As we struggled through school years with the kid, progressing toward a diagnosis and management skills, one idiot (upon hearing we took him out hunting) asked “aren’t you afraid you’ll create another Kip Kinkel?”

I–um–pinned that person’s ears back hard.  For one thing, a friend of ours who was a gun collector and instructor had been asked to teach Kip proper gun etiquette, but it had never worked out.  Could it have made a difference?  Hard to say.  I do know that my kid, when faced with a gun that looked like the one he’d target shot just the weekend before, only his friends were squirreling around with it, did exactly what he’d been taught to do.  While his buddies swaggered around the neighborhood waving it around and pretending to be big twelve-year-old white-boy gangstas (one even had a Starter coat, the big gangsta thing at the time), our kid immediately left them and came home to tell me.  He wasn’t sure what it was but he wasn’t messing around.  I called the parent, who was shocked–and I was shocked in turn that said parent thought it was totally acceptable for his kid to carry a pellet gun around the neighborhood in a paper bag, and go shooting in a city wildlife refuge, near a popular skating rink and amusement park.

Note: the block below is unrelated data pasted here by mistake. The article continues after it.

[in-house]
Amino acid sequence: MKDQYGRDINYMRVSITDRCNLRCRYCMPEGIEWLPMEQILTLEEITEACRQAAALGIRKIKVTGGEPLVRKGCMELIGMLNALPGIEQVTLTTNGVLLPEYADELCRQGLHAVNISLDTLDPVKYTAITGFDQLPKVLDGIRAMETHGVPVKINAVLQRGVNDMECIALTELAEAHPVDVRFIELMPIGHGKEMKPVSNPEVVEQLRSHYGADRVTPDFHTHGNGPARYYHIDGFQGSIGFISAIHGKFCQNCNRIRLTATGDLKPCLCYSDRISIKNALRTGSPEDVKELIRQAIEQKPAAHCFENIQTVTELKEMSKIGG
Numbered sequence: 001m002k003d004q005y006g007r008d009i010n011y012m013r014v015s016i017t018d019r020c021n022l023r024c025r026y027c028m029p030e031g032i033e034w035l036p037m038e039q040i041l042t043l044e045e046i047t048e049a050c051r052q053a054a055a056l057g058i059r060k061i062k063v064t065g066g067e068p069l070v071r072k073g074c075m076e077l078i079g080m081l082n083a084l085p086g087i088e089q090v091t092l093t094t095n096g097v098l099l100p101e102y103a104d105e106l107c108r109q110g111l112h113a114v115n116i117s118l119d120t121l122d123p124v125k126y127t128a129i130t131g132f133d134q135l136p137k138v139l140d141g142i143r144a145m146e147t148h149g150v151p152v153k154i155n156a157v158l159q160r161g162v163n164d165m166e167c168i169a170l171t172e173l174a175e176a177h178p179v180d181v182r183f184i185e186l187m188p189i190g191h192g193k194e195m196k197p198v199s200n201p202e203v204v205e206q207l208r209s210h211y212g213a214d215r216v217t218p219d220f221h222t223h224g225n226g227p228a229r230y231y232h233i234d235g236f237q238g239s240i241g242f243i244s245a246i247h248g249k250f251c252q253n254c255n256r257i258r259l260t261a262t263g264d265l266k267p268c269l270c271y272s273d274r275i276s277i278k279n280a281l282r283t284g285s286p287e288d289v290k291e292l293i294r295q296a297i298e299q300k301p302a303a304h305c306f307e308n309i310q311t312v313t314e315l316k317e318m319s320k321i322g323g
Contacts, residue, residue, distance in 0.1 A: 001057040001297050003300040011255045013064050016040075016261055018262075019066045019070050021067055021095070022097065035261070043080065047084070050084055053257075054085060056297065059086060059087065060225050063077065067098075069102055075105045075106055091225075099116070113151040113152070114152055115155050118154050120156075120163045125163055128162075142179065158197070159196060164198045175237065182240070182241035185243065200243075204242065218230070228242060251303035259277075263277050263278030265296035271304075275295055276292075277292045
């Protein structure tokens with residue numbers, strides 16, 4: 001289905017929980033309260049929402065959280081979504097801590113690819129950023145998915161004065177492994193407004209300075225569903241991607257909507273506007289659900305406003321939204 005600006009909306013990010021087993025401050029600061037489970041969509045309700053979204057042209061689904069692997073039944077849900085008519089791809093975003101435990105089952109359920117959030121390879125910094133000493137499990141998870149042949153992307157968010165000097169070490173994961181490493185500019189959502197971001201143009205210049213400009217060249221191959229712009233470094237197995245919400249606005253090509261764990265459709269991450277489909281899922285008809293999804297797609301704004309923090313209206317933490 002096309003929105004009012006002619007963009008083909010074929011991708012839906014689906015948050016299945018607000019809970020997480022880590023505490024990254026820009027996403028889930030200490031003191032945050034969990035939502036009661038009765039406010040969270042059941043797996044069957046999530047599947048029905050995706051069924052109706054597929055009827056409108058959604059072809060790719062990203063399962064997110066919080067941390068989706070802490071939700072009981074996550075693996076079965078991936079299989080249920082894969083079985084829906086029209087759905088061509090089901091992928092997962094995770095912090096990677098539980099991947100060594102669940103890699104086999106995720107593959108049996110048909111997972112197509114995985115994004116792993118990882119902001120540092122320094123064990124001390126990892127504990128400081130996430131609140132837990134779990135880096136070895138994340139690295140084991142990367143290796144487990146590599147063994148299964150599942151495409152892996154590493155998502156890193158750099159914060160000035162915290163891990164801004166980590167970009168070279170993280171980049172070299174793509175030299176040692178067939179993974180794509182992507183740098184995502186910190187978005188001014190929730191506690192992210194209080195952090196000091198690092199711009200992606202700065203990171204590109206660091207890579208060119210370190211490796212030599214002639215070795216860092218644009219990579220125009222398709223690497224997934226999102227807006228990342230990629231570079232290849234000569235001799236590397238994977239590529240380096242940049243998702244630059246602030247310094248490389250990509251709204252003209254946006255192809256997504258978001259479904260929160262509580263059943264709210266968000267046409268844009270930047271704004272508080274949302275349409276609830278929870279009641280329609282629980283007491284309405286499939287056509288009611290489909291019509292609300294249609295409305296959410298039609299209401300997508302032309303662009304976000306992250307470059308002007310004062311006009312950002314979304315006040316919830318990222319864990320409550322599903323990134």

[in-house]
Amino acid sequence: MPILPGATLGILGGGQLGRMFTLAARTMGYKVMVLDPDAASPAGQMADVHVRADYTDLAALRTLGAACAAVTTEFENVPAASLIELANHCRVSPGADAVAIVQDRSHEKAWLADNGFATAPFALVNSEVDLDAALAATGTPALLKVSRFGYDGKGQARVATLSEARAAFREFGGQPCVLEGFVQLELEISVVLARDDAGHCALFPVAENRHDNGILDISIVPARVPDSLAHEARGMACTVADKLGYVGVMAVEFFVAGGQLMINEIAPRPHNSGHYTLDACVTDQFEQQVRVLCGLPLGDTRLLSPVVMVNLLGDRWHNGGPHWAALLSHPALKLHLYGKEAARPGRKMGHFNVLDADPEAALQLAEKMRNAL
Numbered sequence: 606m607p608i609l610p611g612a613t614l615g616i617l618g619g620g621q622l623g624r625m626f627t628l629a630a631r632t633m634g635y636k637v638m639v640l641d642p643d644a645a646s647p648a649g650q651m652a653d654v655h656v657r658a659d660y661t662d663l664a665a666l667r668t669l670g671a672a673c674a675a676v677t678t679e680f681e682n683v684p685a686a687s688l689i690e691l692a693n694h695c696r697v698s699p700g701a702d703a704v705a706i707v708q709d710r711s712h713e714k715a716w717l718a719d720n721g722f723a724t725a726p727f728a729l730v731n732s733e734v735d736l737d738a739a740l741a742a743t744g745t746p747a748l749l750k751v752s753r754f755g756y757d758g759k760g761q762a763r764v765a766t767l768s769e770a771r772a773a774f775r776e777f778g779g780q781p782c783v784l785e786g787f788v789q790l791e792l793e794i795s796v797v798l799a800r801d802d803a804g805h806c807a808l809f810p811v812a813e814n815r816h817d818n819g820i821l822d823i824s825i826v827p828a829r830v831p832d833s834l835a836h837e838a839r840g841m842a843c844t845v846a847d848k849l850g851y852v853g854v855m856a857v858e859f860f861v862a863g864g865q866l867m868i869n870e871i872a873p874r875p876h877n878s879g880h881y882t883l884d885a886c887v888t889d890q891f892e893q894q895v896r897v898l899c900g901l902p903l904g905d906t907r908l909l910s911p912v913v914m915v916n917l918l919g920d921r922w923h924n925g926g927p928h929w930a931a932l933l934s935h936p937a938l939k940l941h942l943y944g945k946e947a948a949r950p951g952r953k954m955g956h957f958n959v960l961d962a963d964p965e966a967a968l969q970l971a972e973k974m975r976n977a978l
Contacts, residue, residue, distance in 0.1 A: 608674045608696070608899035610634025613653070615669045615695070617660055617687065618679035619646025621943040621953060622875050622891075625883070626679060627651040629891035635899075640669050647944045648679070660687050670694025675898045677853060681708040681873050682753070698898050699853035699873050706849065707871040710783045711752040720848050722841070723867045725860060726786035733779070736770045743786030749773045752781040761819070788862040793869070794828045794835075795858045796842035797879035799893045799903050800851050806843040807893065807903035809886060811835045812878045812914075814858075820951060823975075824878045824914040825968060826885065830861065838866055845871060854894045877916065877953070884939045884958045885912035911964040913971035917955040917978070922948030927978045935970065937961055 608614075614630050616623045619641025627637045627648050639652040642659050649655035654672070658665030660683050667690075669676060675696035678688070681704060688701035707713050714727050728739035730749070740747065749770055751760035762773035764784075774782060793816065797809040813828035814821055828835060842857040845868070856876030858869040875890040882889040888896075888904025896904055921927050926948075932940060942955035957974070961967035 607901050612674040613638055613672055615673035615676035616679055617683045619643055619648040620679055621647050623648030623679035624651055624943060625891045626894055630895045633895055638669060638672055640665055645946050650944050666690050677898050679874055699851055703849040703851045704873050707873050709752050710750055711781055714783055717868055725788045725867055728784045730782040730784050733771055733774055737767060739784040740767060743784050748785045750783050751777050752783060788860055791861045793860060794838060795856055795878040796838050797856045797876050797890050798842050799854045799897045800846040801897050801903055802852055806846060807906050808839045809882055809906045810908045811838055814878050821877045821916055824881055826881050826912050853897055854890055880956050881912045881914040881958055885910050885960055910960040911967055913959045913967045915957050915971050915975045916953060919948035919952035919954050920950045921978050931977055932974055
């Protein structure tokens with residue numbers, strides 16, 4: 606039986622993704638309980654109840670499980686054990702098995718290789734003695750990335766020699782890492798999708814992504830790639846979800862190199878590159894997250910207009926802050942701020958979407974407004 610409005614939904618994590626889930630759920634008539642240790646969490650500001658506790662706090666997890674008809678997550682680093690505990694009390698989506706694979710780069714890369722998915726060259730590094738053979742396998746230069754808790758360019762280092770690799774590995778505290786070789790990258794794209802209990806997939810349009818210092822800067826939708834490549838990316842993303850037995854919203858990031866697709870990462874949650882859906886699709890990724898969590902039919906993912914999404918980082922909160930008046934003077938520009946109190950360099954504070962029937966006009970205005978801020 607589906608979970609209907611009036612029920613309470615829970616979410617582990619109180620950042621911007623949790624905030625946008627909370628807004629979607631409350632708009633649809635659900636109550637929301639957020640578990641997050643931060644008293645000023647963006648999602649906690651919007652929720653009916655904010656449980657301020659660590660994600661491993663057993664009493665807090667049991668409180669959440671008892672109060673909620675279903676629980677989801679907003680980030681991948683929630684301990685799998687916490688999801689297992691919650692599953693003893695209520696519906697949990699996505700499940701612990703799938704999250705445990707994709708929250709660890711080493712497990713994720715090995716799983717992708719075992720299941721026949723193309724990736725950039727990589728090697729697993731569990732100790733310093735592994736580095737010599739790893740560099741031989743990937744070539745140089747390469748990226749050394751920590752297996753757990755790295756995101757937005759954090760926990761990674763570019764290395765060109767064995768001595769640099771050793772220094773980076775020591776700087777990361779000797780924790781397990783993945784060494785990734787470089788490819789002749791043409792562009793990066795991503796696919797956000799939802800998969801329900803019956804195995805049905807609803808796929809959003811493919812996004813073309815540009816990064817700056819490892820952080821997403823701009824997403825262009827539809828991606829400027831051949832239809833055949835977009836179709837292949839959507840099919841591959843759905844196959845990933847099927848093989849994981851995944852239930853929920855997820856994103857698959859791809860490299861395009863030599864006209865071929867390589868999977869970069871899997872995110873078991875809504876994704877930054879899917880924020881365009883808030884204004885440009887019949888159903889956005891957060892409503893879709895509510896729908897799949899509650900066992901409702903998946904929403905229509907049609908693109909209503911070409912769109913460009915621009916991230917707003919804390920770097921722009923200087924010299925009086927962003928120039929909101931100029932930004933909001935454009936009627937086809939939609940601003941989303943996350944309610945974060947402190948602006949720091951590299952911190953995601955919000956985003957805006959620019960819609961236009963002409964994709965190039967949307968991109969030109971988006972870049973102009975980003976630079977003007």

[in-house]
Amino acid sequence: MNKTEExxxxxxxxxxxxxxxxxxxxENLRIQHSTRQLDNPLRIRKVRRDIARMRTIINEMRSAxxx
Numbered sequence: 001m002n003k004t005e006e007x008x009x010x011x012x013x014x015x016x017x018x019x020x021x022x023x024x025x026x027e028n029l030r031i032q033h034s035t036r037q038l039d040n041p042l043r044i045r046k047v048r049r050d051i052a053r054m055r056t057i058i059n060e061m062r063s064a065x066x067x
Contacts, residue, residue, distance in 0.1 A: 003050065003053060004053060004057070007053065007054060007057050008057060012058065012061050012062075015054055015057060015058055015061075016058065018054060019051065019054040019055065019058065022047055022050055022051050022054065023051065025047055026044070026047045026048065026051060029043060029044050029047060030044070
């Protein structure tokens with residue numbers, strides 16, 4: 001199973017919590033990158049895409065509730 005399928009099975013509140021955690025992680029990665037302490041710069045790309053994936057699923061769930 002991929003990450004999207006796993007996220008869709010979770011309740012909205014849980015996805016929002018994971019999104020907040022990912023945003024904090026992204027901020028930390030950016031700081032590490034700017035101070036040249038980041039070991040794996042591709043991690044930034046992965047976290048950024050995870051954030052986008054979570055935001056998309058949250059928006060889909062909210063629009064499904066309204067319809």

“But it’s only a pellet gun!”  he told me.

“It’s a gun,” was my response.  “And that’s unsafe behavior and handling.  What the hell are you teaching your kid?”

Needless to say, that friendship kinda faded out.  And this incident happened before that smarmy idiot compared what we were doing to what happened with Kip Kinkel.  They hadn’t known about my connection to Thurston before…well, they sure did afterward.   I don’t take those comparisons lightly, either then or now.